How Duke Soccer Improves Agility

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Want quicker feet, better moves, faster speed and a stronger performance? Then improve the strength and balance of your hip stabilizers. "Your hips are the base through which you transfer all your power to the ground. The stronger your hips, the more force you can apply," says Jeff Howser, speed coach for Duke University athletic programs, including their nationally ranked men's and women's soccer teams.

Heads up, though. The strength and balance you're looking for come from developing the lateral muscles of your hips, which is a hard task to accomplish in the weight room. "Other than something like a lateral lunge, you really don't load your hips [in any weight-room exercise] like you do in a game," Howser says.

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Want quicker feet, better moves, faster speed and a stronger performance? Then improve the strength and balance of your hip stabilizers. "Your hips are the base through which you transfer all your power to the ground. The stronger your hips, the more force you can apply," says Jeff Howser, speed coach for Duke University athletic programs, including their nationally ranked men's and women's soccer teams.

Heads up, though. The strength and balance you're looking for come from developing the lateral muscles of your hips, which is a hard task to accomplish in the weight room. "Other than something like a lateral lunge, you really don't load your hips [in any weight-room exercise] like you do in a game," Howser says.

Howser suggests using the Lunge Balance and Squat Balance—two drills that can be performed anywhere and require no equipment. They are not difficult to understand, but these drills are difficult to do and will leave your legs burning.

With the pain will come some serious gain. In just seven weeks of performing these drills, one of Howser's soccer teams dropped their average pro agility time by .3 seconds.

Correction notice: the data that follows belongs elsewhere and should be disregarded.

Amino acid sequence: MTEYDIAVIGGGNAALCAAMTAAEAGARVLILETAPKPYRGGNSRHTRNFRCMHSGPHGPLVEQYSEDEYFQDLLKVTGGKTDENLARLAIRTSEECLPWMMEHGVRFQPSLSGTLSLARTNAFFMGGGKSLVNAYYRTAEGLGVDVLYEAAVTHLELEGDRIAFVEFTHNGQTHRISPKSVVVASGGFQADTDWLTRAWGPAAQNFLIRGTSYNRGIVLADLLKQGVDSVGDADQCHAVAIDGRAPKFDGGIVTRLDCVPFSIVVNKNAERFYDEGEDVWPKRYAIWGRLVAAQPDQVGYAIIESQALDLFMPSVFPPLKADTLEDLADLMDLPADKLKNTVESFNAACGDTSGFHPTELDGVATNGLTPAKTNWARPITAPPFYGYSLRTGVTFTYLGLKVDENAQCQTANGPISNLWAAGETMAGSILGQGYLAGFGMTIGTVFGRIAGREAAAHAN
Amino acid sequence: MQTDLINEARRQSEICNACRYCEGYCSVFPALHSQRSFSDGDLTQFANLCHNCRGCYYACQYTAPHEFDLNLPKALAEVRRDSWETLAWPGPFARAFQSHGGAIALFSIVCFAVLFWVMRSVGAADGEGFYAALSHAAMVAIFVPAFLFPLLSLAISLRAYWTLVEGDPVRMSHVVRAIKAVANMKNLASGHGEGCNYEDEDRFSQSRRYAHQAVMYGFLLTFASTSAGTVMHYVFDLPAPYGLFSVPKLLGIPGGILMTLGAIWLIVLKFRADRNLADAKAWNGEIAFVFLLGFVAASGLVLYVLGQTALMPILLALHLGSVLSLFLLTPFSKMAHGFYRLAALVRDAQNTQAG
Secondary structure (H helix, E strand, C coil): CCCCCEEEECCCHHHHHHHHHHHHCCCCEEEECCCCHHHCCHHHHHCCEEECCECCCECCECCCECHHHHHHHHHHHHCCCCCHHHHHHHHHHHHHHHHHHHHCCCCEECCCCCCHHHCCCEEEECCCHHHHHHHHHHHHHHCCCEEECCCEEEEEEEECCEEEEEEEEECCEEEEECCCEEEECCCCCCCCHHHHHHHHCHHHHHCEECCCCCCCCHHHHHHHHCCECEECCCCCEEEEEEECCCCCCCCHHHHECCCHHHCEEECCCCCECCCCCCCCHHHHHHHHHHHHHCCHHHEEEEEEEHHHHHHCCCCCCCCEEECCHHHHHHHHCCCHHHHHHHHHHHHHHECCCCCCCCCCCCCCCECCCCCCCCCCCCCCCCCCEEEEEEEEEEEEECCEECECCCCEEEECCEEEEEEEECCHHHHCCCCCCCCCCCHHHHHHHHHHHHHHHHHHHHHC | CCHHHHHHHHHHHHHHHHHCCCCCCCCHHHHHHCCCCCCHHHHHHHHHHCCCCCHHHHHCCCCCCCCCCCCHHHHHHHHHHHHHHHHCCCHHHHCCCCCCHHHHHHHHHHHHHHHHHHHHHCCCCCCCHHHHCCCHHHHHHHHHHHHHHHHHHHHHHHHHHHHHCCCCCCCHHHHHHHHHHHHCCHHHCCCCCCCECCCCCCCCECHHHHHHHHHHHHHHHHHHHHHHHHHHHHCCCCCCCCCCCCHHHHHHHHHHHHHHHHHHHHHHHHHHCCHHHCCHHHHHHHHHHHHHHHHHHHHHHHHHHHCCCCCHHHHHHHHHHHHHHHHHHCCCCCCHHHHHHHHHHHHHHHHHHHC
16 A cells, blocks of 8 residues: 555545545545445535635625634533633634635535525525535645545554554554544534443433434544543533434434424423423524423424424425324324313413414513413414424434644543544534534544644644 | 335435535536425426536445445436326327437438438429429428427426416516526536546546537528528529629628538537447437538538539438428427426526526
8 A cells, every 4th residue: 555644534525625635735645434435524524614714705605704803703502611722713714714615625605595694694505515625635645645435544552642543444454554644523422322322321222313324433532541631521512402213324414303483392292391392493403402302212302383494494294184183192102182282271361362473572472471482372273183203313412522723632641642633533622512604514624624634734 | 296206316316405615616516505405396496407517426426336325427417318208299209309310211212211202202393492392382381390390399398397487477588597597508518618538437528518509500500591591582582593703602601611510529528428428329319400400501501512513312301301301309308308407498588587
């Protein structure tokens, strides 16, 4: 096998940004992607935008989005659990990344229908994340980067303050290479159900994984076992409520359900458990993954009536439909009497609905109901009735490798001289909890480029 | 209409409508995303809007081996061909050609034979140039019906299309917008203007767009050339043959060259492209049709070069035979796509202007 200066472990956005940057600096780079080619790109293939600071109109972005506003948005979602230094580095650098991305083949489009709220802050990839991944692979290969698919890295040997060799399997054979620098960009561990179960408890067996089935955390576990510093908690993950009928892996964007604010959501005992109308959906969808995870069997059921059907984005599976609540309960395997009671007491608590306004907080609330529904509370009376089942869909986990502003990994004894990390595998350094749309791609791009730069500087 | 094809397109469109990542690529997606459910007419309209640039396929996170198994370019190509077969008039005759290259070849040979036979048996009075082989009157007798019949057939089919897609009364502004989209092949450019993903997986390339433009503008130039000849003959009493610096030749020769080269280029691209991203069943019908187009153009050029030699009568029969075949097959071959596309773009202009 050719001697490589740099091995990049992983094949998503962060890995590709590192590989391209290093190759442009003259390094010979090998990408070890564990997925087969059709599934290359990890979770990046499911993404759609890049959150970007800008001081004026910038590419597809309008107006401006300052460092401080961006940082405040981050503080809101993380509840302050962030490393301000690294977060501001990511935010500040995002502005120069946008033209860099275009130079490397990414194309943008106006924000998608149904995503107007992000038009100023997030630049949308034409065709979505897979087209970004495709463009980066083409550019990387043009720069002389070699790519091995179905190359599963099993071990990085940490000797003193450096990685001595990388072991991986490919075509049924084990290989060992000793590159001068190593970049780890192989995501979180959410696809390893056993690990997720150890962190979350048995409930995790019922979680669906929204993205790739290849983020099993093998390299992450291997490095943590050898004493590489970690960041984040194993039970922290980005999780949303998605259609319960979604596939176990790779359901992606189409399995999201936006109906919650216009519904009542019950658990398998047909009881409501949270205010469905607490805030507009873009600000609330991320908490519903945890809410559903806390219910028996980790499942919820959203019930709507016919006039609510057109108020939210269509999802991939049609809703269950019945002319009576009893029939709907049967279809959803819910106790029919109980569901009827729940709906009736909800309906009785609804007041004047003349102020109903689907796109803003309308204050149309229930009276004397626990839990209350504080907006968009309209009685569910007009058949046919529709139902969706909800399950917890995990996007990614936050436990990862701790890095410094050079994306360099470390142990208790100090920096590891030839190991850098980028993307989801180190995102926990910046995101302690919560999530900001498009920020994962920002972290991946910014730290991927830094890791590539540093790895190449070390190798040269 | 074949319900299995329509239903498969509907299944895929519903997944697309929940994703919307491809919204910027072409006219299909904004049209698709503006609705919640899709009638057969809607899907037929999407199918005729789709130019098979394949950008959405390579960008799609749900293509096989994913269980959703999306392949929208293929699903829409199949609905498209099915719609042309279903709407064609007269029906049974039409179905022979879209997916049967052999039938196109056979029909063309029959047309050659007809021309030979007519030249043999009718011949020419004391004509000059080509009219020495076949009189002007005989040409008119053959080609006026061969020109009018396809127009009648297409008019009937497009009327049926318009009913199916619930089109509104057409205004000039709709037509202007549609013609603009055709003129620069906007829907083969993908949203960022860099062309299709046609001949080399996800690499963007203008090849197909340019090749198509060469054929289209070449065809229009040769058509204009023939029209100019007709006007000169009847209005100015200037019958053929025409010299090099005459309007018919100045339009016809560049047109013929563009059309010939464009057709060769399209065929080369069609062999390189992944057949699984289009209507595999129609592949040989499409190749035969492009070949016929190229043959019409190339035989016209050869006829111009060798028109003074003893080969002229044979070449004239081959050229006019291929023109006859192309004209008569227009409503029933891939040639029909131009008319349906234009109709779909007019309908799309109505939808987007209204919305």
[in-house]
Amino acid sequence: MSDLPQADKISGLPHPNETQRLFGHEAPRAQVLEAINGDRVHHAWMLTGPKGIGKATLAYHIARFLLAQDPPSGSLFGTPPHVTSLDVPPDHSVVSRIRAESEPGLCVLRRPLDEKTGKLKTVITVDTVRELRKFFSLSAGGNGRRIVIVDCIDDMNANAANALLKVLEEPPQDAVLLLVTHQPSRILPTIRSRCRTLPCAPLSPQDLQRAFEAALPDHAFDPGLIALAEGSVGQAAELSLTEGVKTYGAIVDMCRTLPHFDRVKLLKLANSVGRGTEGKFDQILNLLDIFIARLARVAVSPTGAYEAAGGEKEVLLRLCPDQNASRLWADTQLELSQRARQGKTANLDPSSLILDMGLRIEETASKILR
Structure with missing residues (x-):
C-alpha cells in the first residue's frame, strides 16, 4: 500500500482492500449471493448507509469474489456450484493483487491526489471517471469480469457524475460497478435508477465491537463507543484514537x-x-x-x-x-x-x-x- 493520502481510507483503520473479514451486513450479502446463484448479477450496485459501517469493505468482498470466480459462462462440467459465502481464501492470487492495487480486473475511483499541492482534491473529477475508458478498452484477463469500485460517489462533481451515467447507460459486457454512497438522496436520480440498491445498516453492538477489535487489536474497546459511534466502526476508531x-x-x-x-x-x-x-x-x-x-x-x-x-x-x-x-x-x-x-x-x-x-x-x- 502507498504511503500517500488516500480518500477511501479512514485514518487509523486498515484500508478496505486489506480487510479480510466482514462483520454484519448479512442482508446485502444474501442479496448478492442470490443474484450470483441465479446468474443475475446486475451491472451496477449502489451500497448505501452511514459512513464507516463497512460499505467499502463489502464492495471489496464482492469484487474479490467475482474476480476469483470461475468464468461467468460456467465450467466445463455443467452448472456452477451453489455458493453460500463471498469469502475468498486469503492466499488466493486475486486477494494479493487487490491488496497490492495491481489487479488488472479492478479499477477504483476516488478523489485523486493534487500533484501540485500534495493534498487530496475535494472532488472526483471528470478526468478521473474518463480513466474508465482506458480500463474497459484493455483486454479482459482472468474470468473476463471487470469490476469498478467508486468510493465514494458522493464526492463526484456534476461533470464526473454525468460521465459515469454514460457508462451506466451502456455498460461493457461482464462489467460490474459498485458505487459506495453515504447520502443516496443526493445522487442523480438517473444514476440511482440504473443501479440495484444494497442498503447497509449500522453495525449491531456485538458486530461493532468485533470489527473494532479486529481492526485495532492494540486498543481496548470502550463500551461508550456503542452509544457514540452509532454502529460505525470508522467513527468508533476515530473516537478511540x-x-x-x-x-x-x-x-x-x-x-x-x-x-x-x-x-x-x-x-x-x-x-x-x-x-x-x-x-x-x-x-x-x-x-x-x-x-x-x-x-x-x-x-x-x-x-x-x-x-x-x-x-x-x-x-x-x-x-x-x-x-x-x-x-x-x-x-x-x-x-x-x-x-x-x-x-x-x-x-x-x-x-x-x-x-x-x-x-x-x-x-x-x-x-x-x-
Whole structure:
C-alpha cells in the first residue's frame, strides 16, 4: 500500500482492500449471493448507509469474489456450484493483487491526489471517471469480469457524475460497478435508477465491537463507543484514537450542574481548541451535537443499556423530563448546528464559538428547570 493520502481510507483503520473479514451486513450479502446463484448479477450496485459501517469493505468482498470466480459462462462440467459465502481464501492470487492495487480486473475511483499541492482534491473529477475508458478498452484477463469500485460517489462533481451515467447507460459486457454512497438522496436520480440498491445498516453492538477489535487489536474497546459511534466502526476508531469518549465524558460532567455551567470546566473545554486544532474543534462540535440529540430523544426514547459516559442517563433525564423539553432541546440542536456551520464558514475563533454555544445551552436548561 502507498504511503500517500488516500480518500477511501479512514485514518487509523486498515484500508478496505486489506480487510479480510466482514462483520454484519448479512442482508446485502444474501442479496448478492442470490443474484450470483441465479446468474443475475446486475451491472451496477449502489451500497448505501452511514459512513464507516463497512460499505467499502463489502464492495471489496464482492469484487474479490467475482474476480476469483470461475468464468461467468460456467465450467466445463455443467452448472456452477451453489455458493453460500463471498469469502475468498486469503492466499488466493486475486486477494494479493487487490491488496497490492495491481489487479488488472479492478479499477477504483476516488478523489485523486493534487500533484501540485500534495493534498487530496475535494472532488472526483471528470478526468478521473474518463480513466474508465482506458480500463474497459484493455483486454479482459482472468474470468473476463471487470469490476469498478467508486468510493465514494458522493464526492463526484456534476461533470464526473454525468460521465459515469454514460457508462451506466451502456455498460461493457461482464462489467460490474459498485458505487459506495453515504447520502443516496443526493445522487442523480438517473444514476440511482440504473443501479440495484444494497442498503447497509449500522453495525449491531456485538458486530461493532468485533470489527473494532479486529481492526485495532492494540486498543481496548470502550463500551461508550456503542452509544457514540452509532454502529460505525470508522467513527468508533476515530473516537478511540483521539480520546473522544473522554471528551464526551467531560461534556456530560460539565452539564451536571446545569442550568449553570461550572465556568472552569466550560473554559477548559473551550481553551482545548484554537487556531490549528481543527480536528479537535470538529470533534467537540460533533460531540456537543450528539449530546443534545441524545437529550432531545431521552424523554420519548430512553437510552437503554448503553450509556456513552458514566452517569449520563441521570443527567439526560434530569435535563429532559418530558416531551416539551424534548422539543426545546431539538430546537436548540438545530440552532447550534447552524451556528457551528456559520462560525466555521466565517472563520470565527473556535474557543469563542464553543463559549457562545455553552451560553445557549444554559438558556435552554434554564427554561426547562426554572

Howser implements these drills twice a week on agility days. If his training plan for the day includes a lot of movement agility drills, he schedules these exercises for the end of the workout. They take so much out of his athletes' legs, it's hard for them to run well later. However, if it's a day of plyos, Howser uses these immediately following the warm-up. The key is to perform the drills slowly and in control, maintaining proper posture throughout. When done right, you need only 15-20 seconds to complete one rep of the Lunge Balance and 25-30 seconds for one rep of the Squat Balance.

Lunge Balance

• Stand in lunge position, with back knee resting on ground and arms extended out to sides
• Raise hips until back knee is 2-3 inches off ground; hold position for 3-4 seconds
• Slowly rotate torso left; hold for 3-4 seconds
• Slowly rotate torso right; hold for 3-4 seconds
• Perform 2-4 reps for each leg with 15-20 seconds rest

Coaching Point: Keep your chest up and center of gravity upright—not over your front leg. When you first get into the Lunge Balance, place your feet close together. As you get used to it, spread your legs further apart.

Squat Balance

• Get in athletic stance with arms extended overhead
• Slowly drop hips into squat position; hold
• Slowly rotate torso left; hold 3-4 seconds
• Slowly rotate torso right; hold 3-4 seconds
• Perform 2-4 reps with 25-30 seconds rest

Coaching Point: You can change the load on your legs by adjusting the space between your feet. If you really want to load up your legs, widen your stance and go down; it's an incredible burn.

Photo: tobaccoroadblues.com

 


Photo Credit: Getty Images // Thinkstock

Topics: SOCCER | AGILITY TRAINING | COACH | STANCE